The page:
Filed under: Economic Crisis, Emerging Markets, Fiscal policy, growth, IMF, International Monetary Fund, Latin America | Tagged: Bolivia, Brazil, Chile, commodity exporters, commodity exports, IMF, iMFdirect, International Monetary Fund, investment, Latin America, Mexico, savings, trade, Venezuela | 1 Comment »
Posted on December 21, 2012 by iMFdirect
The planet’s most successful species are the great cooperators: ants, bees, termites, and humans.
In an article in the new issue of Finance & Development magazine, President Bill Clinton shares his experience working with governments, business, and civil society as part of his Clinton Global Initiative.
He says they are making the most progress in places where people have formed networks of creative cooperation where stakeholders come together to do things better, faster and cheaper than any could alone.
Filed under: Advanced Economies, Africa, Asia, Civil Society, Debt Relief, Economic Crisis, Emerging Markets, Employment, Europe, Finance, Fiscal policy, Globalization, growth, IMF, Inequality, International Monetary Fund, Latin America, Middle East, Multilateral Cooperation | Tagged: Africa, agriculture, Bolsa Familia, Brazil, business, business leaders, Canada, capital markets, Clinton Global Initiative, Coca-Cola, Colombia, cooperation, developing countries, domestic food security, Economics, economy, exports, farmers, Fundacíon Carlos Slim, Fundacíon Pies Descalzos, Gap Inc., governments, growth, Haiti, HIV/AIDS, IMF, iMFdirect, imports, infrastructure, International Monetary Fund, investment, Ira Magaziner, Ireland, Latin America, Malawi, mining industry, networks, NGOs, Norway, philanthropists, poverty, President Bill Clinton, private sector, small and medium-sized enterprises, the United Kingdom, tourism, United Nations General Assembly, vocational training | 4 Comments »
Posted on December 17, 2012 by iMFdirect
by María González-Miranda
(Version in Español)
Four years after the Lehman Brothers crisis, private companies in the largest and most financially integrated Latin American countries are doing relatively well, despite continuous bouts of global uncertainty. Like firms in other high-performing emerging markets in Asia, companies in Brazil, Chile, Colombia, Mexico, and Peru (the “LA5”) have benefited from abundant external financing, strong domestic credit, and generally robust demand growth.
These favorable conditions have resulted in robust corporate profitability and valuation, reasonably contained debt ratios, and lower short-term maturity exposures than those observed in other emerging markets.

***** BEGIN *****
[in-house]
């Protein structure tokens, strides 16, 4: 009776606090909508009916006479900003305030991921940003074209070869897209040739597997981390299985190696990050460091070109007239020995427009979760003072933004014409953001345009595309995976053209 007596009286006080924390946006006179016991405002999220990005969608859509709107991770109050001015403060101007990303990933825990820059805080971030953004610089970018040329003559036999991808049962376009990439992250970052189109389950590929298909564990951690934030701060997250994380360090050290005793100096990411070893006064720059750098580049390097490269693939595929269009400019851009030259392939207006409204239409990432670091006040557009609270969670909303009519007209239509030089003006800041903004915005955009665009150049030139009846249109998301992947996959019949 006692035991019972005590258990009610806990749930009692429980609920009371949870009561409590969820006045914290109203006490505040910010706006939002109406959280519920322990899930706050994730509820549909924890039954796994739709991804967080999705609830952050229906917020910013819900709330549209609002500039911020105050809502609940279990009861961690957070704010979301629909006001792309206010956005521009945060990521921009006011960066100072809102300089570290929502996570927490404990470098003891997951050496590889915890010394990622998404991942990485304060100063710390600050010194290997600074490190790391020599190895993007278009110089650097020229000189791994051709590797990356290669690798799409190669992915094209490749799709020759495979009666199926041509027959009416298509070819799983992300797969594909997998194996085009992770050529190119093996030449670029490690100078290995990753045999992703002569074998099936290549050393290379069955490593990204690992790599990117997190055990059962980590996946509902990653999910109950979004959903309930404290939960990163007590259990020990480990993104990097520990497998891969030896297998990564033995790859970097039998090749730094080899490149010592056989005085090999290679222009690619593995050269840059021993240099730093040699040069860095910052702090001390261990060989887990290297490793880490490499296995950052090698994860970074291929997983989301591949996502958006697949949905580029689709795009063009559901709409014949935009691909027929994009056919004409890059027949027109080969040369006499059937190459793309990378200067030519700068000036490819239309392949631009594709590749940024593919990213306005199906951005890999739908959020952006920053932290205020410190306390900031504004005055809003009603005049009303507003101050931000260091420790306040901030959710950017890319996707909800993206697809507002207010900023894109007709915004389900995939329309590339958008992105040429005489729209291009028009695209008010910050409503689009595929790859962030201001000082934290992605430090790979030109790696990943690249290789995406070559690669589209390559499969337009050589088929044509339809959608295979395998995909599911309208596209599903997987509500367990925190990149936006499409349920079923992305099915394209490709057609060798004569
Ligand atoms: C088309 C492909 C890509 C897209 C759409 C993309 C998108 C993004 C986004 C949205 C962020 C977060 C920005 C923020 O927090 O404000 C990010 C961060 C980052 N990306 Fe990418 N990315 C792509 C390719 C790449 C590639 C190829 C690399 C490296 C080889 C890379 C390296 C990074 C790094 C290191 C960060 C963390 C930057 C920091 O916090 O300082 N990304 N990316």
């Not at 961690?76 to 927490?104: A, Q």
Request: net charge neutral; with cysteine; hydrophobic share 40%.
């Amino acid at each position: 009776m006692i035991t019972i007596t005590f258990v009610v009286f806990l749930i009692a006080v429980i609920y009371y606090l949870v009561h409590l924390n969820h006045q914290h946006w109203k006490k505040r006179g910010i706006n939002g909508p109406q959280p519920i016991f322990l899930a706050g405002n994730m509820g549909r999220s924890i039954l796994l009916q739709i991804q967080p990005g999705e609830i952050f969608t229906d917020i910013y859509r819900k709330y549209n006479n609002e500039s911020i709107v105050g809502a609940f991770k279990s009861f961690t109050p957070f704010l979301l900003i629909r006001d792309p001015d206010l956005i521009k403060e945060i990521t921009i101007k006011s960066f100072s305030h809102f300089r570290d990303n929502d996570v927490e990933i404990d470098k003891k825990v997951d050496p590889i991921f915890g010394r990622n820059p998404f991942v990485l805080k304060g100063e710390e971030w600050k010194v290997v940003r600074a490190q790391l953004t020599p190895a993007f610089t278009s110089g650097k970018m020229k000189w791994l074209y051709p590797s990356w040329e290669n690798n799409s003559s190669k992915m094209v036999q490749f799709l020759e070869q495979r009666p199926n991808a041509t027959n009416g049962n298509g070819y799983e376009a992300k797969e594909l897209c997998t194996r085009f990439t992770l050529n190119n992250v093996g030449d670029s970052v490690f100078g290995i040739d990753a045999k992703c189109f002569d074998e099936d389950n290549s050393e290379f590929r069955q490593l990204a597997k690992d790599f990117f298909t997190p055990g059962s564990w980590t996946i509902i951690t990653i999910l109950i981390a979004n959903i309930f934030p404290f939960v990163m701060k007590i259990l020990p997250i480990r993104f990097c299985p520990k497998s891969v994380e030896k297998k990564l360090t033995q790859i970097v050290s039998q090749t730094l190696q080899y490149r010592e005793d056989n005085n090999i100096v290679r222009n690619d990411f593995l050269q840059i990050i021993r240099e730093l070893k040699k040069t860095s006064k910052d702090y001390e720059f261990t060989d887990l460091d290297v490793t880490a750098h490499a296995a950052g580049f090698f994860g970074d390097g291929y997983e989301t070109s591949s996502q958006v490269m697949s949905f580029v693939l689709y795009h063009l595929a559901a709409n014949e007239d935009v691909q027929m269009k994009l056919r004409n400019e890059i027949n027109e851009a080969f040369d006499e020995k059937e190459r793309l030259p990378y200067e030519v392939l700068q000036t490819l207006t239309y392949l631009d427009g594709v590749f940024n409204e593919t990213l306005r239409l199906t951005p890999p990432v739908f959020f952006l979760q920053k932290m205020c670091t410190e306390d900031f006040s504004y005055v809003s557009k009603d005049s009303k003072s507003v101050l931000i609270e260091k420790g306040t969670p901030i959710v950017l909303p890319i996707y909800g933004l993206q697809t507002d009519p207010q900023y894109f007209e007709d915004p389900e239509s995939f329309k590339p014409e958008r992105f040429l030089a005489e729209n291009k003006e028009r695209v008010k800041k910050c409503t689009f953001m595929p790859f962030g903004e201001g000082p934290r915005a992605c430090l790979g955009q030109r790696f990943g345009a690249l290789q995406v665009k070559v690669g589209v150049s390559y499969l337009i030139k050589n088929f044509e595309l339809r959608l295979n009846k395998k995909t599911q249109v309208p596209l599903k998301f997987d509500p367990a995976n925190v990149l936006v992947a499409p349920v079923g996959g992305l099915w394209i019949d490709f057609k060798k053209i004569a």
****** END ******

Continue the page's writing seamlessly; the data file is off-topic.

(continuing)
But some vulnerabilities are starting to build up.
Filed under: Asia, Economic Crisis, Emerging Markets, Finance, growth, IMF, International Monetary Fund, Latin America | Tagged: Brazil, Chile, Colombia, corporate sector, currency, growth, IMF, International Monetary Fund, LA5, Latin America, María González-Miranda, Mexico, Peru, vulnerable | 1 Comment »
Posted on June 17, 2012 by iMFdirect
By Gustavo Adler and Camilo E. Tovar
(Version in Español)
Latin America has a long history of accidents that have occurred while navigating turbulent financial international waters. With risks looming over the world economy, should the region worry about new global financial waves?
Global financial markets have seen frequent bouts of severe stress since 2008, although this isn’t really anything new for the region. Global financial shocks have occurred on average every 2½ years since 1990, with significant effects on Latin America.
But how costly are these shocks in terms of domestic output, and is Latin America better placed to cope with them this time?
In Chapter 3 of the IMF’s latest Regional Economic Outlook: Western Hemisphere, we analyze whether changes in underlying fundamentals have made the region more or less vulnerable over time. The analysis, which complements our work on the effects of terms-of-trade shocks, looks at what country features and policies make a difference. We focus here solely on the impact of the financial shocks by isolating the effect from commodity prices and global demand shocks.
Filed under: Economic Crisis, Economic outlook, Economic research, Emerging Markets, Employment, Español, Financial Crisis, Globalization, growth, Investment, Latin America, Politics | Tagged: boom and bust, Brazil, Camilo E. Tovar, exchange rate, financial integration, Gustavo Adler, Latin America, Mexico, regional economic outlook, shock, simulations, terms of trade, Western Hemisphere | 2 Comments »
Posted on June 20, 2011 by iMFdirect
By José Viñals
(Versions in عربي, 中文, Español, Français, Русский)
It was fitting that I should present our latest assessment of global financial stability in Sao Paulo, the financial center of one of the leading emerging economies. In common with many of its peers in Latin America, Brazil is recovering strongly from the crisis. But new financial stability challenges are emerging in this, and other fast-growing regions.
Let me start with three key messages:
- First, financial risks have increased since April.
- Second, as a result, policymakers in both advanced and emerging economies need to step up their efforts to preserve financial stability and safeguard the recovery.
- And third, we have entered into a new phase of the crisis – a political phase- when tough political decisions will need to be made, because the window for substantial policy action is closing. Time is of the essence. Continue reading
Filed under: Advanced Economies, Emerging Markets, Europe, Financial Crisis, Financial regulation, IMF | Tagged: Brazil, capital flows, debt, emerging economies, Europe, financial policies, financial risks, Global Financial Stability Report, inflation, intereste rates, Japan, Latin America, macropurdential, policymakers, sovereign risk, stress tests, United States | 5 Comments »